When Billy Casper decided in 1955 to make his living in golf, a veteran of the PGA Tour sized him up mercilessly.
“Why doesn’t he go out and get a nice job selling insurance?” the grizzled pro asked.
Casper, renowned for his putting, went on to become one of the most accomplished golfers in the sport’s history. He won 51 PGA tournaments, two U.S. Opens and a Masters. Yet he remained one of the sport’s least-known legends.
“Quietly, neatly, gradually, like a pool hustler running the table and calmly leaving with everyone’s money, Billy Casper’s glide through golf history was too subtle and too stoic to be properly appreciated,” golf journalist Jaime Diaz wrote in 1996. “The truth is, the public probably had less idea who Billy Casper was than any great golfer of the second half of the century. He is arguably the best golfer who never got his due.”
Casper died of a heart attack Saturday at his home outside Salt Lake City, his son Bob told the Associated Press. He was 83.
Casper was a colorful figure but never had the star power of his chief competitors. In the early 1960s, agent Mark McCormack dubbed his key golf clients — Arnold Palmer, Jack Nicklaus and Gary Player — “the Big Three.” With McCormack’s marketing help, their publicity skyrocketed.
Casper, too, had been a client of McCormack’s. In what he later described as a “What was I thinking?” decision, he left the thriving agency not long before the trio’s ascendancy.
Every year from 1956 to 1971, Casper won at least one tournament. He played on eight consecutive Ryder Cup teams. He was the PGA’s Player of the Year twice, and won events on the organization’s seniors tour nine times.
Yet even the World Golf Hall of Fame, which inducted Casper in 1978, noted his relative obscurity as a top-drawer golfer.
“At the peak of his powers,” the group said, “Casper got more attention for his allergies, his conversion to Mormonism, his 11 children [six of them adopted] and his offbeat diet of buffalo meat and organically grown vegetables.”
Casper battled his diagnosed allergies to petrochemicals and other substances with entrees of buffalo, bear and even hippopotamus. (He told Golf Digest it was watery.) He also dropped from 227 pounds to about 165.
In 1966, he and his wife, Shirley, joined the Church of Jesus Christ of Latter-day Saints. Shirley had been drawn to the faith when Casper competed in the 1959 Utah Open.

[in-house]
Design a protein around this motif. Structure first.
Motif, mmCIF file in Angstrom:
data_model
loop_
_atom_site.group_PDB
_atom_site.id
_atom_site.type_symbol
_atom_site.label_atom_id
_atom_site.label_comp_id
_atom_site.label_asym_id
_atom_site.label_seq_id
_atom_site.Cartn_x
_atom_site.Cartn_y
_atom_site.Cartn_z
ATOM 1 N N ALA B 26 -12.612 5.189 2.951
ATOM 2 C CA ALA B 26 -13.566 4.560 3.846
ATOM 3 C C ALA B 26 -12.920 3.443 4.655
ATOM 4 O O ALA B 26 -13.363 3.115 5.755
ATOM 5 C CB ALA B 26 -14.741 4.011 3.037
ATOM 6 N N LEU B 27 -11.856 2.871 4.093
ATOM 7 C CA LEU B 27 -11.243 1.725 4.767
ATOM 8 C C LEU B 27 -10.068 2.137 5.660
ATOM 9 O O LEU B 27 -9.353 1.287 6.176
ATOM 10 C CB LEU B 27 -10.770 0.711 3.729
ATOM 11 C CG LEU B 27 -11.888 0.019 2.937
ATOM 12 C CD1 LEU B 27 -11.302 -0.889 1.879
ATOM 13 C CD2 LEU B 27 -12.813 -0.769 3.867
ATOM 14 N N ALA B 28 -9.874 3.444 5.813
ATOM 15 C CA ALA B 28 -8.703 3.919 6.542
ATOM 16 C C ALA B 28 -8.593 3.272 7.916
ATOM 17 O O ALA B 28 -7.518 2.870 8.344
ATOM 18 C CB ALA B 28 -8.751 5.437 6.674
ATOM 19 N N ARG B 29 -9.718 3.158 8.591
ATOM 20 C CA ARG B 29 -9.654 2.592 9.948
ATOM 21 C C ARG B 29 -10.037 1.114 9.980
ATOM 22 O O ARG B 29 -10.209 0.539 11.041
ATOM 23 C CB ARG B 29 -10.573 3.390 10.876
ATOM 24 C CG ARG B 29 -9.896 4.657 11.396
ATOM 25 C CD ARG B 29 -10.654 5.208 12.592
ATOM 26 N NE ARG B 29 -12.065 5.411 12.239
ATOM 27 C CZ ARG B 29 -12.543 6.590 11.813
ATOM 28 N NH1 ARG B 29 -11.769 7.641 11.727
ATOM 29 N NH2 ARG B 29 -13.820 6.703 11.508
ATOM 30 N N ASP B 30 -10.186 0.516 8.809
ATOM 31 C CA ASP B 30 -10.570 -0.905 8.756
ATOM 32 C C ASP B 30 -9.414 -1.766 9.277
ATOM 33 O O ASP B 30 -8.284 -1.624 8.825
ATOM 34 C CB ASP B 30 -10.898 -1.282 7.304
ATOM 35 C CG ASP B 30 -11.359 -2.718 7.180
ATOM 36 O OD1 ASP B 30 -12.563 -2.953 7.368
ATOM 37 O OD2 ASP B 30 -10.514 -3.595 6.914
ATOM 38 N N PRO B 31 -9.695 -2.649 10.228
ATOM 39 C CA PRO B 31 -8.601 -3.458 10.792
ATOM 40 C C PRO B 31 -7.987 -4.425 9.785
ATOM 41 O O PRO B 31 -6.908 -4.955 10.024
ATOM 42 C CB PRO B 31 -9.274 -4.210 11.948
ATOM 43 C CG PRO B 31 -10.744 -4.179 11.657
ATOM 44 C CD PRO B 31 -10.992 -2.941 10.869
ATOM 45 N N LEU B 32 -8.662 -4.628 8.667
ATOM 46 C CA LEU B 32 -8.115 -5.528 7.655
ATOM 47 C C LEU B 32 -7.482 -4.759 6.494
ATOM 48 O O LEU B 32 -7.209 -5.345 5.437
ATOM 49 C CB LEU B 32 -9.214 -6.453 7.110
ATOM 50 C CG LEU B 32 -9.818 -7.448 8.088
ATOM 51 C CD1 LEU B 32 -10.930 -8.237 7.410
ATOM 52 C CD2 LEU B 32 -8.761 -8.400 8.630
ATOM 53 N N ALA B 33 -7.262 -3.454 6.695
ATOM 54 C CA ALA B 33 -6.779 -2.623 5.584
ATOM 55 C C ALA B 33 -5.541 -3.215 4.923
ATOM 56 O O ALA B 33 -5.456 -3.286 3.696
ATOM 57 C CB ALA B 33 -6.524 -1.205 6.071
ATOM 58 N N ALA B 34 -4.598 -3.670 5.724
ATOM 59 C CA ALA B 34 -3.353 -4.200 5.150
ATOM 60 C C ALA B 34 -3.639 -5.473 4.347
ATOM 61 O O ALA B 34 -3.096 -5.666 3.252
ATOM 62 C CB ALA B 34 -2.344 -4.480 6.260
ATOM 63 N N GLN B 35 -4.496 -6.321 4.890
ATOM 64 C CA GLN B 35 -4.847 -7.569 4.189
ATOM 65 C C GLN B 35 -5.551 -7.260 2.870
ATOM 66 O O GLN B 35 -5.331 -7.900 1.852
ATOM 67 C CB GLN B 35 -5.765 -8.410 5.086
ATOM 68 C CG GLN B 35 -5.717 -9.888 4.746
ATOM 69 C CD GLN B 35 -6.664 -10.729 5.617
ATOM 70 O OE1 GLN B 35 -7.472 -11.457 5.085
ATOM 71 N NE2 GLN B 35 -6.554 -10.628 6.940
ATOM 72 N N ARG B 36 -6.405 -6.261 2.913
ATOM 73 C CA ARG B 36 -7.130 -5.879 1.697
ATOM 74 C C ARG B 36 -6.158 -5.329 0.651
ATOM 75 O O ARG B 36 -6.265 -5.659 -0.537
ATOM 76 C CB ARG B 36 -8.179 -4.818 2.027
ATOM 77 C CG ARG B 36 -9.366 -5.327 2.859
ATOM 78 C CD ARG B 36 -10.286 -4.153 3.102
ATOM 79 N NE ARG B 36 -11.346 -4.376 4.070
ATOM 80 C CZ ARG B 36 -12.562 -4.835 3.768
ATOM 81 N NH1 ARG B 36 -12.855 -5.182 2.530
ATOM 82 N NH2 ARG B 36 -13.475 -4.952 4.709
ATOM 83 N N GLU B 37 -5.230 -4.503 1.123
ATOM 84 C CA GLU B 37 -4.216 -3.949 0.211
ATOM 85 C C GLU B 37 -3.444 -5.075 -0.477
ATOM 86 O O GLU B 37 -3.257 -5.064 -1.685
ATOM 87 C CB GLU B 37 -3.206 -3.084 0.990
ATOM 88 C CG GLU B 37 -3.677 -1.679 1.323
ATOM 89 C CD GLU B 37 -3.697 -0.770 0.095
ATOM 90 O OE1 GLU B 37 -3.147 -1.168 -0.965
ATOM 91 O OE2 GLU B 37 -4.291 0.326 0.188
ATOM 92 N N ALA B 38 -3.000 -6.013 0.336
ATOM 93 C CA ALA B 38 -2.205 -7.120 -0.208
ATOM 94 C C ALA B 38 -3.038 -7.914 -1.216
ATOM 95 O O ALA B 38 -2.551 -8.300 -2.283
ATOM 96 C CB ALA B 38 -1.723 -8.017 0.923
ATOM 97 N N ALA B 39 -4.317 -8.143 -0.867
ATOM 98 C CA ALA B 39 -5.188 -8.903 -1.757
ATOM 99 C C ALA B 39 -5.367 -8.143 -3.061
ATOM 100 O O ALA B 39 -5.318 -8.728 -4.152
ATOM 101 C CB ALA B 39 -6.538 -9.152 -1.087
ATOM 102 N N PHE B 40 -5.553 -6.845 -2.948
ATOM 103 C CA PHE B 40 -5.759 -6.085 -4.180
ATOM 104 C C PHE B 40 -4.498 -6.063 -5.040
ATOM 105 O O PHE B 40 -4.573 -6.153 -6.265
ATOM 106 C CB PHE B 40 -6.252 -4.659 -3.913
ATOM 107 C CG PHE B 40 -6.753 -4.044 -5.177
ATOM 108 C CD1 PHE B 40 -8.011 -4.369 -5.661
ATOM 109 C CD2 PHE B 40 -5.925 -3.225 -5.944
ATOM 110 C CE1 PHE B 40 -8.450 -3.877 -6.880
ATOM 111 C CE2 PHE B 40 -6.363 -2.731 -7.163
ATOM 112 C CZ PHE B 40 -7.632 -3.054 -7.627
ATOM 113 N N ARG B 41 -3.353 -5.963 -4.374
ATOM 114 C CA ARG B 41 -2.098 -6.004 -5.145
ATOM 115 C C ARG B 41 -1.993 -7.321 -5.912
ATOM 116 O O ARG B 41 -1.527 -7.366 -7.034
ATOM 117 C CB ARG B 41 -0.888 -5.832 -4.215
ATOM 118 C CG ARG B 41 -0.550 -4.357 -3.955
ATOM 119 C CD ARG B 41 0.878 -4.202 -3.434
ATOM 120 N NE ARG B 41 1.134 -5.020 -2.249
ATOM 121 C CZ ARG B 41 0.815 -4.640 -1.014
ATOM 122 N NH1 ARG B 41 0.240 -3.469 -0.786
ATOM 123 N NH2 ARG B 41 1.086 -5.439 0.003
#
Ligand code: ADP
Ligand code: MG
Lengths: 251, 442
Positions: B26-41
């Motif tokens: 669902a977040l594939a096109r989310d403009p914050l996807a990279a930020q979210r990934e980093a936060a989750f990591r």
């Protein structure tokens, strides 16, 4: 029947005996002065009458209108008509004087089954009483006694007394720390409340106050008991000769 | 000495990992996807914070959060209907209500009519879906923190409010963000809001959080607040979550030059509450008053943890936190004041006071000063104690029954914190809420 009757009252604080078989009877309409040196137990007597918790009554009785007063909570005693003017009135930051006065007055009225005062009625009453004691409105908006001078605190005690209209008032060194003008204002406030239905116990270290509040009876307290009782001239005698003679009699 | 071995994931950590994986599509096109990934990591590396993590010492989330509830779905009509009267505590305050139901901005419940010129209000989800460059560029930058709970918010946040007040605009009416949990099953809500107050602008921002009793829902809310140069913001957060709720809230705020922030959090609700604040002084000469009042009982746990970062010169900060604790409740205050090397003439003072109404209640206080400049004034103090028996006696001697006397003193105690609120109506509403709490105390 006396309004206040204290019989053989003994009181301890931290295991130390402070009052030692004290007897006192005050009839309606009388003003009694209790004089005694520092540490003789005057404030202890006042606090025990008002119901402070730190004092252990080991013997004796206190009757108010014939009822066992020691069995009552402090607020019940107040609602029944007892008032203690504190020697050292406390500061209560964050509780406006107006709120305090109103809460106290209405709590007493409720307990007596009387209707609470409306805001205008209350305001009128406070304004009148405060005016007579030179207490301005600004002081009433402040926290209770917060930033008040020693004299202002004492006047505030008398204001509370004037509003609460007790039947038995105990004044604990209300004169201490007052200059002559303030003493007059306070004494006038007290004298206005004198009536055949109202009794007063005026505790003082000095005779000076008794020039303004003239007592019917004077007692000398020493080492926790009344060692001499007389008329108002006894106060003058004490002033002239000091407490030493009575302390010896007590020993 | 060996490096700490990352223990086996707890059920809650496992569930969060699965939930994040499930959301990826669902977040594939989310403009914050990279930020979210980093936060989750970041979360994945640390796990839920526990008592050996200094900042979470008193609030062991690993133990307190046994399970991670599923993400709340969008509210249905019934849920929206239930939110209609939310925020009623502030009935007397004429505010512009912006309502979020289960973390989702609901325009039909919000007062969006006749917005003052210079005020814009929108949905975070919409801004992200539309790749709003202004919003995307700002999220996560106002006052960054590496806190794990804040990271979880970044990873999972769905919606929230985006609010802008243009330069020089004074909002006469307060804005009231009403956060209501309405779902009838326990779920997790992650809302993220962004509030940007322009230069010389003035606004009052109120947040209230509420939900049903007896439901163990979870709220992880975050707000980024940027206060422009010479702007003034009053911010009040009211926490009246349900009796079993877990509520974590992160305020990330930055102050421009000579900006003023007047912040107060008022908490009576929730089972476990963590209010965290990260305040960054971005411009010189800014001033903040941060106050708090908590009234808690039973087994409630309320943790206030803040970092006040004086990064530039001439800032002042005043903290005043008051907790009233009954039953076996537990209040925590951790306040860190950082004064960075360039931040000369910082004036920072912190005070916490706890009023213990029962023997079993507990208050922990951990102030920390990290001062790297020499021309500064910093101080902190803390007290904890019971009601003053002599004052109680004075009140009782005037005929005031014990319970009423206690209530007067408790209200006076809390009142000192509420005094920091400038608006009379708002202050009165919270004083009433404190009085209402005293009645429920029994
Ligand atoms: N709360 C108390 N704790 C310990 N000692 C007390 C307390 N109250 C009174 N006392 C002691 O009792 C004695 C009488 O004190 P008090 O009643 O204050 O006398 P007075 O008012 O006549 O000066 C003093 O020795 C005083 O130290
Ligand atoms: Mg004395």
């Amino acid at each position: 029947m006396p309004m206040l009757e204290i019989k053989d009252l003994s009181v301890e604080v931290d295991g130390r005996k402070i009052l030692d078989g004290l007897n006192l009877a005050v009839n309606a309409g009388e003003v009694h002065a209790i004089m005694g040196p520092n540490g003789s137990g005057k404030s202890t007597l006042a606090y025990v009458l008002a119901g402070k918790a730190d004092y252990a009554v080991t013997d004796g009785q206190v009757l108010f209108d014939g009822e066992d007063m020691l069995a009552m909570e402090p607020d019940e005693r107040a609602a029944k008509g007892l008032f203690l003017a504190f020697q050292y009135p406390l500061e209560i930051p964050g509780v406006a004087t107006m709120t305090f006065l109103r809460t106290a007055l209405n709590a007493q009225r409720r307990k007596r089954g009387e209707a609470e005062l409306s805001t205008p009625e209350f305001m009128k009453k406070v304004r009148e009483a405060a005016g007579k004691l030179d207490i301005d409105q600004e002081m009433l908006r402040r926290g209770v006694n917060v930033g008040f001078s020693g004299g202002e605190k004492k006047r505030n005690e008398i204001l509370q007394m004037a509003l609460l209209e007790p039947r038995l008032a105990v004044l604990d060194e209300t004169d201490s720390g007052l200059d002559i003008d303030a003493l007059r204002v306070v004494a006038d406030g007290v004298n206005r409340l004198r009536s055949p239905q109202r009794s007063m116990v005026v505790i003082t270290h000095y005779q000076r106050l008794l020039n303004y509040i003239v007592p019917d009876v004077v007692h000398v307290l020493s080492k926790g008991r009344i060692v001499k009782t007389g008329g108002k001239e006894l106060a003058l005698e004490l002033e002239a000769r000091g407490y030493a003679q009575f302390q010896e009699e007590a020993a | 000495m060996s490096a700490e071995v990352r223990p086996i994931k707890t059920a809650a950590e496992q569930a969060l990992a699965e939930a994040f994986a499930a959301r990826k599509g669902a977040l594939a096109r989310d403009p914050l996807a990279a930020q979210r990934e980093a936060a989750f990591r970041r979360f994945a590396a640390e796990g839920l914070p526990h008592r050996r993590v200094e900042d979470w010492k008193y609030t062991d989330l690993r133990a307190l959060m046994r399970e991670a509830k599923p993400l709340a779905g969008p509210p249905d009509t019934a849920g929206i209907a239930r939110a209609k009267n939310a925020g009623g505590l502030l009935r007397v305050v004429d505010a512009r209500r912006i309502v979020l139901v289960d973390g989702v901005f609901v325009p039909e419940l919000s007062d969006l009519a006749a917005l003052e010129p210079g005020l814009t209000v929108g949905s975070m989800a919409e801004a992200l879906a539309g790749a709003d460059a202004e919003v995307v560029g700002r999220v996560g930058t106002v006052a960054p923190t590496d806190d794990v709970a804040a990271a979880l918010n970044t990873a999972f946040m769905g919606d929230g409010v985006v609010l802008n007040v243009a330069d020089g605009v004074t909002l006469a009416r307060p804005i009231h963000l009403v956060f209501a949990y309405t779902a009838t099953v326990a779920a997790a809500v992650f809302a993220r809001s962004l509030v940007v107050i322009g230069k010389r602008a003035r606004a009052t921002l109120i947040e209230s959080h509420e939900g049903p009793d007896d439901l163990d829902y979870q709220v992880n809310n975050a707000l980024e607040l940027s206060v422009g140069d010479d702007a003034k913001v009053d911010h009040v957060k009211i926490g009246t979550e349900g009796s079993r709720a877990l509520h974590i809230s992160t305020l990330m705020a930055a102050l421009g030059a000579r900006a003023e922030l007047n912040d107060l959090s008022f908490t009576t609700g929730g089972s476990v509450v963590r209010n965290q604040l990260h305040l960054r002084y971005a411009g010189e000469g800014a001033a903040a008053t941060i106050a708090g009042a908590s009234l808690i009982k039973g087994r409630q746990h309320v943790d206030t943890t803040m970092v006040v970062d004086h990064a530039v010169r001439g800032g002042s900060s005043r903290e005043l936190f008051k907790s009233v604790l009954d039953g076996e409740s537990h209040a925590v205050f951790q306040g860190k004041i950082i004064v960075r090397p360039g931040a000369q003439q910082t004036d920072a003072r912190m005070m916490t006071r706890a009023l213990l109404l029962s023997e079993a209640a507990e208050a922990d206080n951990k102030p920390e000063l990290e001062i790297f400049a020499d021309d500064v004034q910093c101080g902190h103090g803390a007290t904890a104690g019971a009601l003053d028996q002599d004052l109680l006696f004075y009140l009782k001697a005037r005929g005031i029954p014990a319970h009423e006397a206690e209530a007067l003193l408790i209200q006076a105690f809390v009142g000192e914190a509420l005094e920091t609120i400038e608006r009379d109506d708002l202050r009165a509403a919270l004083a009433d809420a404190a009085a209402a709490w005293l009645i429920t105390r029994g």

Born June 24, 1931, in San Diego, William Earl Casper Jr. first played golf when he was 4, on a few rough holes his father built on the family farm near Silver City, N.M.
After his parents moved back to San Diego, he started to caddie at the San Diego Country Club. At 15, he experienced a kind of enlightenment when he saw Ben Hogan alone in the twilight, intensely scrutinizing his shots as he prepared for an upcoming exhibition.
“Ben Hogan was the reason I did a lot of things in golf the way I did them,” he said in his 2012 memoir, “The Big Three and Me,” written by James Parkinson and Lee Benson.
“He was like a pool player, always setting up the next shot with the current one,” Casper wrote.
Casper played golf at Notre Dame. During the Korean War, he enlisted in the Navy and played on a stateside Navy golf team.
Marrying at 21, Casper soon had to provide for a growing family.
“I thought about golf in financial terms,” he later said. “I never got caught up in playing for history, seeing how many majors I could win, or rewriting the record books.”
But to his most serious competitors, he was a daunting talent. In their foreword to Casper’s book, Palmer, Nicklaus and Player called him “one of golf’s all-time greats, whether widely heralded or not.”
His relative obscurity, they said, may have been due to his conservative style: “Perhaps it was a consistency that could almost lull you to sleep. It could be he made the game look too easy, especially on the greens, where anything within 10 feet was a gimme.”
Palmer learned that lesson all too well at the 1966 U.S. Open Casper came from behind, eradicating the shaken Palmer’s enormous lead and taking the championship.
“There is a picture of us walking off the 18th green and I’ve got my arm around Arnold’s shoulder,” he told the newspaper in 2012. “I told him, ‘I’m sorry, Arnold.’ And I meant it.”
Over the years, Casper’s game declined, but Billy Casper Golf, a company that owns or manages 140 golf facilities, thrived.
In 1992, Casper started the Billy Casper Youth Foundation in San Diego, raising money for local youth organizations.
In 2001, a San Diego judge sentenced David Casper, one of Billy’s sons, to 104 years in prison after a string of 35 felonies, including armed robberies.
In addition to Shirley, his wife of 62 years, Casper’s survivors include 11 children, 71 grandchildren and great-grandchildren.